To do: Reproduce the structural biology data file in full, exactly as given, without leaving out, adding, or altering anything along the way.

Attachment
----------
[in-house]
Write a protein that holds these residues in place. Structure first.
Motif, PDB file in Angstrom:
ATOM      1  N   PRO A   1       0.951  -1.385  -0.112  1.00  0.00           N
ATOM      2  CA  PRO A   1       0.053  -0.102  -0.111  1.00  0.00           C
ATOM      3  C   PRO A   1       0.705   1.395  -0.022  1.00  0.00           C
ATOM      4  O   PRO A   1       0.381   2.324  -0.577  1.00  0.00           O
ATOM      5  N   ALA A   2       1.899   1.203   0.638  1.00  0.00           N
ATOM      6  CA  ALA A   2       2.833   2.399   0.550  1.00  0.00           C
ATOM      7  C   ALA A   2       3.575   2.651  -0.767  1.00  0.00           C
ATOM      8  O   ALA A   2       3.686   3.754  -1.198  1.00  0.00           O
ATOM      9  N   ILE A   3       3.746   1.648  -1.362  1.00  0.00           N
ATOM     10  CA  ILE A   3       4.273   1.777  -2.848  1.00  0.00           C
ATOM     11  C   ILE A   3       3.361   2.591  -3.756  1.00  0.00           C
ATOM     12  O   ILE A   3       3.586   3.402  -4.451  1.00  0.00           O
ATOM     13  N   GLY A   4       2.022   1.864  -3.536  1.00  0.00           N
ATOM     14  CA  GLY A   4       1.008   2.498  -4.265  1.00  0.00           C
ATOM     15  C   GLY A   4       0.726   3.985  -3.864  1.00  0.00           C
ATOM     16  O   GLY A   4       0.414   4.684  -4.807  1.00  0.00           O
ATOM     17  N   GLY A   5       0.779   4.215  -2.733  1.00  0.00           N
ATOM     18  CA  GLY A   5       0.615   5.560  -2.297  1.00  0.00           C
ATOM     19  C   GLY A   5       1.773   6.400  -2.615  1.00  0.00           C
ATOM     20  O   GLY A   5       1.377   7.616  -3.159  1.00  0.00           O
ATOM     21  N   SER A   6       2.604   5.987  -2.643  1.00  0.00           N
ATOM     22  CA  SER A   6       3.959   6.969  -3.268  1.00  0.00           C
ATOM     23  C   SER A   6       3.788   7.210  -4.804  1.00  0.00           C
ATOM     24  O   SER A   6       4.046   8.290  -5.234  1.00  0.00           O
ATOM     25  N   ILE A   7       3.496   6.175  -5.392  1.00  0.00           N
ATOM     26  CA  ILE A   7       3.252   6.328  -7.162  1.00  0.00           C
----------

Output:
[in-house]
Write a protein that holds these residues in place. Structure first.
Motif, PDB file in Angstrom:
ATOM      1  N   PRO A   1       0.951  -1.385  -0.112  1.00  0.00           N
ATOM      2  CA  PRO A   1       0.053  -0.102  -0.111  1.00  0.00           C
ATOM      3  C   PRO A   1       0.705   1.395  -0.022  1.00  0.00           C
ATOM      4  O   PRO A   1       0.381   2.324  -0.577  1.00  0.00           O
ATOM      5  N   ALA A   2       1.899   1.203   0.638  1.00  0.00           N
ATOM      6  CA  ALA A   2       2.833   2.399   0.550  1.00  0.00           C
ATOM      7  C   ALA A   2       3.575   2.651  -0.767  1.00  0.00           C
ATOM      8  O   ALA A   2       3.686   3.754  -1.198  1.00  0.00           O
ATOM      9  N   ILE A   3       3.746   1.648  -1.362  1.00  0.00           N
ATOM     10  CA  ILE A   3       4.273   1.777  -2.848  1.00  0.00           C
ATOM     11  C   ILE A   3       3.361   2.591  -3.756  1.00  0.00           C
ATOM     12  O   ILE A   3       3.586   3.402  -4.451  1.00  0.00           O
ATOM     13  N   GLY A   4       2.022   1.864  -3.536  1.00  0.00           N
ATOM     14  CA  GLY A   4       1.008   2.498  -4.265  1.00  0.00           C
ATOM     15  C   GLY A   4       0.726   3.985  -3.864  1.00  0.00           C
ATOM     16  O   GLY A   4       0.414   4.684  -4.807  1.00  0.00           O
ATOM     17  N   GLY A   5       0.779   4.215  -2.733  1.00  0.00           N
ATOM     18  CA  GLY A   5       0.615   5.560  -2.297  1.00  0.00           C
ATOM     19  C   GLY A   5       1.773   6.400  -2.615  1.00  0.00           C
ATOM     20  O   GLY A   5       1.377   7.616  -3.159  1.00  0.00           O
ATOM     21  N   SER A   6       2.604   5.987  -2.643  1.00  0.00           N
ATOM     22  CA  SER A   6       3.959   6.969  -3.268  1.00  0.00           C
ATOM     23  C   SER A   6       3.788   7.210  -4.804  1.00  0.00           C
ATOM     24  O   SER A   6       4.046   8.290  -5.234  1.00  0.00           O
ATOM     25  N   ILE A   7       3.496   6.175  -5.392  1.00  0.00           N
ATOM     26  CA  ILE A   7       3.252   6.328  -7.162  1.00  0.00           C